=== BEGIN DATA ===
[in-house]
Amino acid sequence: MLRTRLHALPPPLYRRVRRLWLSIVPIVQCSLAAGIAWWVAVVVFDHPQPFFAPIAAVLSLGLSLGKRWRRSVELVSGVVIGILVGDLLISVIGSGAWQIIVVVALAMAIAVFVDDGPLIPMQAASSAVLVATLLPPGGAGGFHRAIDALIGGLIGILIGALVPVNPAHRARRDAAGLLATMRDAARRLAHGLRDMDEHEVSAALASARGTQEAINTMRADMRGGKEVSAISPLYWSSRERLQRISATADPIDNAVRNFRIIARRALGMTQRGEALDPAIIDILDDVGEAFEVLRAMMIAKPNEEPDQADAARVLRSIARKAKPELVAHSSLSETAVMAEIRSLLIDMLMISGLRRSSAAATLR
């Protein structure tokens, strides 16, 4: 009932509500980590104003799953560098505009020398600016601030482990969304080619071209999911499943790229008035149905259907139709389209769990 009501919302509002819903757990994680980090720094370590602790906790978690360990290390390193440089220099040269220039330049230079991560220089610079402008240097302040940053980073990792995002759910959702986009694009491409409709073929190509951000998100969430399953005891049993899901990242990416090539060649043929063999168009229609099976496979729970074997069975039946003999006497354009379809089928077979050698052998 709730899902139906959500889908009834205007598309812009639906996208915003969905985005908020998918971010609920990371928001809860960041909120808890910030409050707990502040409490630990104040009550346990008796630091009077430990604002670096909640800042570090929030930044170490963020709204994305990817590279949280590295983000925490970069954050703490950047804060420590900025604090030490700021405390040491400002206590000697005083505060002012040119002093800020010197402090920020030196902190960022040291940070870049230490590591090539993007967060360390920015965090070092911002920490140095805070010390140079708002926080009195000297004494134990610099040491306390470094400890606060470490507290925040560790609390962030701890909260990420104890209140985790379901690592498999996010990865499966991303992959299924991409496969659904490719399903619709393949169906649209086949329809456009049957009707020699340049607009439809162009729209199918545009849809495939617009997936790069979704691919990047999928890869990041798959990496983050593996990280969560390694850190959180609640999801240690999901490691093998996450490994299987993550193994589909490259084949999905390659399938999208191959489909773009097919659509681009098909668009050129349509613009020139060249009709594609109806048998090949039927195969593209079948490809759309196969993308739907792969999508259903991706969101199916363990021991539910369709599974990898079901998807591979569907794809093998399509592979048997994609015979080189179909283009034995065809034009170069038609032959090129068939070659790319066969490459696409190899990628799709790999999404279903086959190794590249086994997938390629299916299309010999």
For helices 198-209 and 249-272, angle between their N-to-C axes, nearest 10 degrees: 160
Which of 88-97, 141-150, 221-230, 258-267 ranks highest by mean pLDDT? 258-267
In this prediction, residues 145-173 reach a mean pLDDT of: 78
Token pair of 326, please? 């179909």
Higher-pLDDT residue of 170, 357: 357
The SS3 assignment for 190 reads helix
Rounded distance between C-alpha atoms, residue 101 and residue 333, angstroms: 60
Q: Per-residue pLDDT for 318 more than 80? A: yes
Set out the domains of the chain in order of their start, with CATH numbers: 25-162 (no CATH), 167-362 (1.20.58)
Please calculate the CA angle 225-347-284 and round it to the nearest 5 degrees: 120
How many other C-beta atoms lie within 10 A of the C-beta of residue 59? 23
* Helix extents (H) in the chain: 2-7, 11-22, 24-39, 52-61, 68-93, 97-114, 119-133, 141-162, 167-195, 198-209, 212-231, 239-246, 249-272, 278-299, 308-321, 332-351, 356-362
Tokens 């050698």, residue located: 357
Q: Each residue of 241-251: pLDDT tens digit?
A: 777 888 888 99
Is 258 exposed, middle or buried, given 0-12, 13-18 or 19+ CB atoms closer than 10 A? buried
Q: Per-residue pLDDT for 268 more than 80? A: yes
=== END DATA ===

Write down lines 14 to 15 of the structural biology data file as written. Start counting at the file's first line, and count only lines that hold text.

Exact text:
How many other C-beta atoms lie within 10 A of the C-beta of residue 59? 23
* Helix extents (H) in the chain: 2-7, 11-22, 24-39, 52-61, 68-93, 97-114, 119-133, 141-162, 167-195, 198-209, 212-231, 239-246, 249-272, 278-299, 308-321, 332-351, 356-362